Its probably been close to 30 years since life splintered my playing groups. I will be starting to DM for my kids soon.. ie maybe within the next year, if can find a couple other kids to play with my kids, otherwise I will just have to Start playing with just the 2 of them when I think my daughter is ready, my son is chompin at the bit.

I will start likely with Keep on the Borderlands, either using Basic or 1st edition, or a blend of the two editions. Never used any of the other editions, they all had issues I didnt want in my game as a DM. I hope that 6th edition when it comes out, not sure if or when, will give things back to the DM and not let the Player Handbook dictate the game.

As a player, I could play any edition, but as a DM… No WAY!!!

( when the later editions (IE.. 2nd and later) came out, I told my characters if they wanted anything from the later editions that they had to convince me! ( that does not mean pointing to a page in a book)

Personal logo Parzival Supporting Member of TMP26 May 2020 6:33 a.m. PST

We're in similar boats, Albus. I started out with Holmes (Blue Book), then AD&D. But when the latter began to swing towards 2e, I jumped over to Basic (BECMI) as a simpler, cleaner and more versatile system, especially for the DM. So when I started a D&D program at the library where I worked, I started with Basic. The next year, however, 5e came out, and I realized I needed to switch to that because my program was for teens, and I knew 5e is what they'd see in stores and what they'd want.

I will say, it's closer to the early game in structure than 3e-4e were, and it's possible to even strip it down to almost an Old School level. But you're correct, it's still a player's game, built around new "feats" and abilities and gee-whiz-bang powers as you level up. Not my thing as a player or a DM. But I've had fun DMing it, at least for teen newbies. (Though my fave remains Basic.)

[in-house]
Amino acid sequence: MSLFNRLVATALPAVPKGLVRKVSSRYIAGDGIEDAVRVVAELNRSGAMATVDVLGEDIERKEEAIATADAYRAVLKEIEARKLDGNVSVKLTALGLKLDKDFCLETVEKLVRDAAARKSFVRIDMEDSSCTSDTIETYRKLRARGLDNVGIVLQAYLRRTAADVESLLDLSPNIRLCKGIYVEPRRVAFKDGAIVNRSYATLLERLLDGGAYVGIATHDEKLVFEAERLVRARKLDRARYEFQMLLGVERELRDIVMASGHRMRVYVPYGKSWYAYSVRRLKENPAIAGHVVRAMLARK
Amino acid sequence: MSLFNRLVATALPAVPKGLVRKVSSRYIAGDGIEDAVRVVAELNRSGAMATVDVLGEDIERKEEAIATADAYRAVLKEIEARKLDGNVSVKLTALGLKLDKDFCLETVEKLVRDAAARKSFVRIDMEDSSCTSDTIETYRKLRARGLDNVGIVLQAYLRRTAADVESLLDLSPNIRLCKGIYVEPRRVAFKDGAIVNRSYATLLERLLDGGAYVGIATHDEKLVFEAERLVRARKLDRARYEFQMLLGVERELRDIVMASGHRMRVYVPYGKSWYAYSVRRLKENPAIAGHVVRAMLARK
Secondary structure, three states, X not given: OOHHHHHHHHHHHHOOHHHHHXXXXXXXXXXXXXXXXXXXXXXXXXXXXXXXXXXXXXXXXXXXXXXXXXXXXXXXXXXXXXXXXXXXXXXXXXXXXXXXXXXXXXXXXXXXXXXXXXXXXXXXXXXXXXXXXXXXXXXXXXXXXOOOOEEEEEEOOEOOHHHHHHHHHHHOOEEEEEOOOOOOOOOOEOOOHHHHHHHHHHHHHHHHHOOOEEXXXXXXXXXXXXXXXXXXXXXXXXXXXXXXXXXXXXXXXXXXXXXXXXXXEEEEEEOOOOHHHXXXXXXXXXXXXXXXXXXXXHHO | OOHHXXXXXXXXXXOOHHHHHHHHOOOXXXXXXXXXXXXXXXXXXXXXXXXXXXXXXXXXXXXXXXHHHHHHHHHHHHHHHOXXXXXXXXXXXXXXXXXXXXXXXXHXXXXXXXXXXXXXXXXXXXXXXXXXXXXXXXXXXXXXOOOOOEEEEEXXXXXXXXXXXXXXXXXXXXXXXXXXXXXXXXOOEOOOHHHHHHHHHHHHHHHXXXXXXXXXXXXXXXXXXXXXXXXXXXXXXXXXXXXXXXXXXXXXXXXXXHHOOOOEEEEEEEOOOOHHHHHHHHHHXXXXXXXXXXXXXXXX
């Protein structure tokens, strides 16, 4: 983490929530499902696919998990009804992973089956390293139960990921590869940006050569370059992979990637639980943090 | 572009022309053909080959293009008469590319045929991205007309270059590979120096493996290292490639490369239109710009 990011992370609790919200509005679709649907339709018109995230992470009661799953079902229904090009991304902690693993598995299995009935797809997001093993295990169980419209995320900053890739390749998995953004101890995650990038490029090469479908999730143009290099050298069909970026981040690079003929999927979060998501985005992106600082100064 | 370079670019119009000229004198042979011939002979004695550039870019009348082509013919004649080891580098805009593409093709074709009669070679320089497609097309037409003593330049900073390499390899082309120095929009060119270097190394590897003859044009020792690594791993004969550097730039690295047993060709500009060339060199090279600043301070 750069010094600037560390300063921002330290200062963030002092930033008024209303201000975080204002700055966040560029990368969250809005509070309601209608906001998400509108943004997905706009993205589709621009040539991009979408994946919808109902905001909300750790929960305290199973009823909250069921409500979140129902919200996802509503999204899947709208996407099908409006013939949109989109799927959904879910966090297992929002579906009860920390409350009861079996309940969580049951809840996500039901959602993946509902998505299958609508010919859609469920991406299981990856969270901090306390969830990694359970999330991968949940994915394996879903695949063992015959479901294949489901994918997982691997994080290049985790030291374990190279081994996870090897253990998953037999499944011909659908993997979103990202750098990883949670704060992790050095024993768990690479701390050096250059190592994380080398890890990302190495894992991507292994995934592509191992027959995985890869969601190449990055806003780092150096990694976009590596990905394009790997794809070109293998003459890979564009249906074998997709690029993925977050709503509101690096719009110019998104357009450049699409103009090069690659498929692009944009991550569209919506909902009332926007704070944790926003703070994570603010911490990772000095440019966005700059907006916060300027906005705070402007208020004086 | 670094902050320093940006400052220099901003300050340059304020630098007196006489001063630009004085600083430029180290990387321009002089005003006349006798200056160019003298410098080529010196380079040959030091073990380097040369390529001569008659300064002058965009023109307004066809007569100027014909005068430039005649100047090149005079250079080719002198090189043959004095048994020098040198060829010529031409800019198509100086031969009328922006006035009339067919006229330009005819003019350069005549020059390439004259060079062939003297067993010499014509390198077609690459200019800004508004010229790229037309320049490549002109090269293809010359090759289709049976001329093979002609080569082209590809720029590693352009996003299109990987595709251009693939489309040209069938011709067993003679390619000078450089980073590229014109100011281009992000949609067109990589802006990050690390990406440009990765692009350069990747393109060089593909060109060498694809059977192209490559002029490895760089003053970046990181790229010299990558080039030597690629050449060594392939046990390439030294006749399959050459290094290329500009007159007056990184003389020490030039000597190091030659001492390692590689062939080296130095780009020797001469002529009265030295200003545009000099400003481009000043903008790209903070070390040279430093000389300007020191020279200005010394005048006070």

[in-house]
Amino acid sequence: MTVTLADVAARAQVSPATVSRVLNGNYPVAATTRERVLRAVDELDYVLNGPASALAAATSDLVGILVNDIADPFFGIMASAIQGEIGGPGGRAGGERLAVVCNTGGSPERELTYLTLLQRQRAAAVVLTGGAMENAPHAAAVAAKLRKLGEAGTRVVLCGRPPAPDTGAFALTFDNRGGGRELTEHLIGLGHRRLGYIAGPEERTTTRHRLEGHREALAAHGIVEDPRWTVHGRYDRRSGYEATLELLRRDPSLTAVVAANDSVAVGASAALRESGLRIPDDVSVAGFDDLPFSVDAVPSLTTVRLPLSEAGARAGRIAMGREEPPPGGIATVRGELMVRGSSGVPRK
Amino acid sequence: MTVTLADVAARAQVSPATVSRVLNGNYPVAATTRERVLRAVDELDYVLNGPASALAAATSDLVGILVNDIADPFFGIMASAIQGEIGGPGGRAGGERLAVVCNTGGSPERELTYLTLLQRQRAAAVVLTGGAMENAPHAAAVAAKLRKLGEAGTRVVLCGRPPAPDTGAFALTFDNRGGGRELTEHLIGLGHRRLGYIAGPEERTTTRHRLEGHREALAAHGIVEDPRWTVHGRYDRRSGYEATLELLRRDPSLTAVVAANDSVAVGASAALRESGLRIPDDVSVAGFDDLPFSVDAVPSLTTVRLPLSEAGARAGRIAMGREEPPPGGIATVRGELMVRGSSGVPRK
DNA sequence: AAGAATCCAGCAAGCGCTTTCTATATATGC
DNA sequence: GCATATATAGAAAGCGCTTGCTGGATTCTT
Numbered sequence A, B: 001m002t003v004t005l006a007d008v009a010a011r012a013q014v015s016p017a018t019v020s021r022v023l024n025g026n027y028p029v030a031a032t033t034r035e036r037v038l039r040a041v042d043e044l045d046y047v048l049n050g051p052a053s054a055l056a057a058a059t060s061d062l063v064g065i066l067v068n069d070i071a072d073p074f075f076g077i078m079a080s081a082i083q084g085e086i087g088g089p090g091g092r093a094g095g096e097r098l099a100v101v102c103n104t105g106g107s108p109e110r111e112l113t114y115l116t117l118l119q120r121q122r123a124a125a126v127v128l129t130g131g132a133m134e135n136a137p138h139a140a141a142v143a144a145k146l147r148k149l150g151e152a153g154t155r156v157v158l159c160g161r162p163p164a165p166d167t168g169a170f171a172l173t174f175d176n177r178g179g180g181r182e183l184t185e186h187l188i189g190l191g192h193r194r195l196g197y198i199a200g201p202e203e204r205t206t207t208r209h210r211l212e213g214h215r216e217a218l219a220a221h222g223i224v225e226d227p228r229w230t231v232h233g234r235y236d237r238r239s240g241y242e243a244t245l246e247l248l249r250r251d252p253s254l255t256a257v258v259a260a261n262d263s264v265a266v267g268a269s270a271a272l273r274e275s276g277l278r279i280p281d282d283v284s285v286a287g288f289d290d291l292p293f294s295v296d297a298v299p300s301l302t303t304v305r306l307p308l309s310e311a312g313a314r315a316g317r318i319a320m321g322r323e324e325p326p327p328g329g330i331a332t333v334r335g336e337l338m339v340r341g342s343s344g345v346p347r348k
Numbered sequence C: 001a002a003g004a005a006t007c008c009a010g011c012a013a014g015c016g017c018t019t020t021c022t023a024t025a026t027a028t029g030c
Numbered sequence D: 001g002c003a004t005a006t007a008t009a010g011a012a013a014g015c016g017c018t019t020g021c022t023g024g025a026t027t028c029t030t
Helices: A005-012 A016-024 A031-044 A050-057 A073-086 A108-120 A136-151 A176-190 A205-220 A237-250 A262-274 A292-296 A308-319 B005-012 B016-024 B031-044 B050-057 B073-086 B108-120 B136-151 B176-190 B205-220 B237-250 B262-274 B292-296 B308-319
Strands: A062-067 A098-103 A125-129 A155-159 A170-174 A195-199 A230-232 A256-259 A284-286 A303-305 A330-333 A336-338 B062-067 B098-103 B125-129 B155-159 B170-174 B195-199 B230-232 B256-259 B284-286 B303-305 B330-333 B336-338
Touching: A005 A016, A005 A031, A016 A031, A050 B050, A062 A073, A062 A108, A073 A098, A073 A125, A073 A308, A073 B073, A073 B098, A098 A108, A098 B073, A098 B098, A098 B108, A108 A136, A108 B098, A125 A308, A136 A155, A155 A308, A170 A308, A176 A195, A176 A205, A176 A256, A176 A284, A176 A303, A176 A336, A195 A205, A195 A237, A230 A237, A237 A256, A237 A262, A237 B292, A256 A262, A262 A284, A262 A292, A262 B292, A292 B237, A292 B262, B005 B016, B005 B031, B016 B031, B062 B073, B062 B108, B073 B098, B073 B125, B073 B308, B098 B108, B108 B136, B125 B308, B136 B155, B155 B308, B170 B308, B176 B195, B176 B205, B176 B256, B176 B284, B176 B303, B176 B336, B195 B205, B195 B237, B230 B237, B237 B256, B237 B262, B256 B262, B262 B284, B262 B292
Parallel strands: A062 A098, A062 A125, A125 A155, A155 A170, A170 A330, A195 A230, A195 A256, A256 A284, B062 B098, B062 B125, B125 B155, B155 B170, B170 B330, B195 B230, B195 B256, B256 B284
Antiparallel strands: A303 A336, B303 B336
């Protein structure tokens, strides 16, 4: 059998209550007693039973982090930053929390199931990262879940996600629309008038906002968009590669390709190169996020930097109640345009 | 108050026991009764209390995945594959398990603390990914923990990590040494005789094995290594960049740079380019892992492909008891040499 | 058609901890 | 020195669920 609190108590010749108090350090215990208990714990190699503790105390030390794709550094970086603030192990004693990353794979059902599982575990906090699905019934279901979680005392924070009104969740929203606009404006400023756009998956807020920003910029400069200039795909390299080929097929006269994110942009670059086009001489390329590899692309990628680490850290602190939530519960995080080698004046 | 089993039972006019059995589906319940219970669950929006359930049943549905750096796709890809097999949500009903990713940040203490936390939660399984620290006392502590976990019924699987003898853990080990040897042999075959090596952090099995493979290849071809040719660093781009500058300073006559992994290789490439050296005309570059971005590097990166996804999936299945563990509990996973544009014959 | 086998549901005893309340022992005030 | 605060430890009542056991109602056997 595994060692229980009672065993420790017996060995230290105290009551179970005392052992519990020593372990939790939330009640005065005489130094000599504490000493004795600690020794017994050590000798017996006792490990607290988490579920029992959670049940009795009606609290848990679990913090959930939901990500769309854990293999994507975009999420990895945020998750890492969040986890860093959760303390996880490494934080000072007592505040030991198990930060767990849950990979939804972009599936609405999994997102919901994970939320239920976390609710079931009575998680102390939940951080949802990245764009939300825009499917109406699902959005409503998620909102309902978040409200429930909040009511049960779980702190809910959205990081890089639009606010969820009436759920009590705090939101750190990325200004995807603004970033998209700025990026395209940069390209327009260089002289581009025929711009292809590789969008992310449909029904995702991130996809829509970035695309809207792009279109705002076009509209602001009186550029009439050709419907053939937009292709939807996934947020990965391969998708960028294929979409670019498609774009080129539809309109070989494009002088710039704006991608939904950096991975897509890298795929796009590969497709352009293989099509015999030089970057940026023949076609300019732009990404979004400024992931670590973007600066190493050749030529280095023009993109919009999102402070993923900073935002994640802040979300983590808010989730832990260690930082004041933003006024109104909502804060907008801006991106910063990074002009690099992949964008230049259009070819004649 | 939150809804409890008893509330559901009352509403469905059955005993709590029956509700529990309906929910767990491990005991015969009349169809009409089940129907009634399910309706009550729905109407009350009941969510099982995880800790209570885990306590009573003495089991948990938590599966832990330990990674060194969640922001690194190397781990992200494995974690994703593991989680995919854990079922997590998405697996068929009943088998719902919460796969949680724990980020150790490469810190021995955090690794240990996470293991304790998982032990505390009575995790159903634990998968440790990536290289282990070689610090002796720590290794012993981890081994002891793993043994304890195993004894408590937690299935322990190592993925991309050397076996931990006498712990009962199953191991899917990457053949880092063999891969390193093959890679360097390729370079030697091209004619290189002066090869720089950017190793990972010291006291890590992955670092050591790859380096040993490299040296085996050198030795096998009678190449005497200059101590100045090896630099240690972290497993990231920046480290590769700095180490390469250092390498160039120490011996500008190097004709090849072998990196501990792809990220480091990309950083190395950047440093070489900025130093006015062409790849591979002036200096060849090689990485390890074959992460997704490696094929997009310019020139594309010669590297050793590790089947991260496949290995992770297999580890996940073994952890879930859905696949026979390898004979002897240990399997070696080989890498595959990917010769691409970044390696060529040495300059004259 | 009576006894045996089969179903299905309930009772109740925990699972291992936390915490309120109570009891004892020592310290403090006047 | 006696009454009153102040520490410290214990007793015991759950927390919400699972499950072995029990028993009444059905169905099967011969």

Mithmee28 May 2020 7:12 a.m. PST

Oh and for anyone interested Baldur's Gate 3 is coming out later this year and it will be using 5E D&D.

YouTube link

USAFpilot03 Jun 2020 11:37 a.m. PST

I hope that 6th edition when it comes out, not sure if or when, will give things back to the DM and not let the Player Handbook dictate the game.

Never understood statements like this. It's an RPG, and every RPG that I have ever read says right in the beginning to freely change anything in the rules your group doesn't like. It's not chess; it's free flowing story telling among friends.

Mithmee03 Jun 2020 12:17 p.m. PST

Thing is that for several of the Editions they made the players having all of the power.

Thus I can see the comments from long time DM's since it only takes one player to ruin the full game for everyone else.

USAFpilot03 Jun 2020 3:21 p.m. PST

That's true, but I think has less to do with the rules than the particular player. The DM, through mutual agreement, sets the ground rules. The DM controls the story telling and the difficulty of the challenges facing the players. I can't imagine any situation in which a player can dictate terms to a DM. The player role plays his/her character; the DM role plays every other being (including the gods). Based on that alone, the DM has all the power to control any player character.

Personal logo Sgt Slag Supporting Member of TMP03 Jun 2020 3:46 p.m. PST

Actually, in 3.0, and beyond, they defined everything for the players as far as difficulties, and what to roll for every situation -- within the PHB. In 0e, 1e, and 2e, the DM made it up on the fly, most often.

After 2e, they pretty much did away with classes, and went to skills: assemble your skill sets any way you like, so each character became a mish-mash of skills and powers.

When folks refer to 'taking away the power and authority from the DM', that is what they are referring to. Back in the 0e-1e era's, there were few skill checks: the players had to role play the situation, as opposed to rolling a skill check to see if they could fast-talk their way out of a situation; or, the players had to come up with a solution to a problem, by thinking of a way out of it, instead of rolling a skill/knowledge check to have the DM give them the answer: "My character has an 18 Intelligence, he is smarter than me, and I rolled a 12, so he figured it out, even though I can't…"

I prefer 1e/2e rules, myself. Still playing them since I started in 1980: no game police have taken my books, or my dice, away from me yet. ;-)

Play whatever version you, and your players, enjoy the most. As long as you, and your group, are having fun, nothing else matters. Cheers!

USAFpilot03 Jun 2020 6:01 p.m. PST

Ok thanks. I was not aware. I was away from the scene during the 3rd and 4th edition years. I played AD&D for several years; then 2nd edition on the computer with Baldur's Gate. Agree, it's about having fun, cheers.